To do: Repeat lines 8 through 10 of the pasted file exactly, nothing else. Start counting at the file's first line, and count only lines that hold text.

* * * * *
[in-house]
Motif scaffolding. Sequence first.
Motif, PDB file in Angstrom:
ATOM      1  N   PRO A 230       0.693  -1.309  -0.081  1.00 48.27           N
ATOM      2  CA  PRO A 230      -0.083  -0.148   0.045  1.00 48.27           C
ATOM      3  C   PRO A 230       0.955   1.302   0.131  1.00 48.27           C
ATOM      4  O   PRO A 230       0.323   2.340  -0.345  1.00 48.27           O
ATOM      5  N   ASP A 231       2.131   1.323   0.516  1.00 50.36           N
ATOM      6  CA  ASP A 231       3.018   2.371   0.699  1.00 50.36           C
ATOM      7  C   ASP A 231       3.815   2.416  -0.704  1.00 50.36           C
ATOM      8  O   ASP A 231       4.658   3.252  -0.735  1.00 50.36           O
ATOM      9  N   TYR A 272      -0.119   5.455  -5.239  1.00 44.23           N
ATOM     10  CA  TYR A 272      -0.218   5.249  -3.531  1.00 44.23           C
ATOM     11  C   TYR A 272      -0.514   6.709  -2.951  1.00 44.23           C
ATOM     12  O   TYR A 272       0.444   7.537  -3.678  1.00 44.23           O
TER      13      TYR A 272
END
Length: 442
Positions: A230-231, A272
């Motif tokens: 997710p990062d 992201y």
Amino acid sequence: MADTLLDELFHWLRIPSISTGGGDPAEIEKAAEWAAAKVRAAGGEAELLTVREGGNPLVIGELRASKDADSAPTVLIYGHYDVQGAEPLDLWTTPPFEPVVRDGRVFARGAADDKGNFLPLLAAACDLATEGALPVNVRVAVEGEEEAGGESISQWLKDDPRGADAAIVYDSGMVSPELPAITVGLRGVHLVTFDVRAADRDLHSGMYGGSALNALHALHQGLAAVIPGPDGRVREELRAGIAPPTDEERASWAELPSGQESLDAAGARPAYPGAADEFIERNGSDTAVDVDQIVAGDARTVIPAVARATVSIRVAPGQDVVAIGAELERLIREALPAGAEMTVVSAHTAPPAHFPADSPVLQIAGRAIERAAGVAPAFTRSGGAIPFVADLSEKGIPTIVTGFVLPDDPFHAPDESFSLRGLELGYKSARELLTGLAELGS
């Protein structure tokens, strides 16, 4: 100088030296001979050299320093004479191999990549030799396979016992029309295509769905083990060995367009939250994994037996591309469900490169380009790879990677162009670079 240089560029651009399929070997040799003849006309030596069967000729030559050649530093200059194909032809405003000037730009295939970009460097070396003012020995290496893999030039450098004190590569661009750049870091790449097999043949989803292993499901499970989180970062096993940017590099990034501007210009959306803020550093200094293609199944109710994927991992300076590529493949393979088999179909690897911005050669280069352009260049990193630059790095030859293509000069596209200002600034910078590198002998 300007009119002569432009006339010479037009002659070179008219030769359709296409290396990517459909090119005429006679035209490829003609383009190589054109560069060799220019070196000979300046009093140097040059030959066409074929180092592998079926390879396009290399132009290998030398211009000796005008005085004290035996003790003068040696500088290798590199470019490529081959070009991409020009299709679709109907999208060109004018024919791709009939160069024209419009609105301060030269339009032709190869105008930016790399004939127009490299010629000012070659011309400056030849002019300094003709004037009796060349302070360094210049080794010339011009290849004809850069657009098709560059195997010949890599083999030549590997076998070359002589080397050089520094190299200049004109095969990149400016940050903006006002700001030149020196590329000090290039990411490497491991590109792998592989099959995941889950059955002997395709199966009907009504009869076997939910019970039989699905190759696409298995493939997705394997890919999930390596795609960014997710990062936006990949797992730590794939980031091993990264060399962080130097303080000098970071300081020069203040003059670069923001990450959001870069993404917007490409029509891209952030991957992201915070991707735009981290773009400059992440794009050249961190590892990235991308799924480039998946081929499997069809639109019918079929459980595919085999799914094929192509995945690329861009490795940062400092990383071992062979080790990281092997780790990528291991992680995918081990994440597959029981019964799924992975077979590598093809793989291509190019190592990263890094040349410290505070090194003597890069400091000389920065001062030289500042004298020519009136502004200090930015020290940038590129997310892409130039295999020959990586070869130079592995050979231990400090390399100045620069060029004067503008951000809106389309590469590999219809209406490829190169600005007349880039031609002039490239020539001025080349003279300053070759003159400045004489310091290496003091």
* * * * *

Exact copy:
ATOM      5  N   ASP A 231       2.131   1.323   0.516  1.00 50.36           N
ATOM      6  CA  ASP A 231       3.018   2.371   0.699  1.00 50.36           C
ATOM      7  C   ASP A 231       3.815   2.416  -0.704  1.00 50.36           C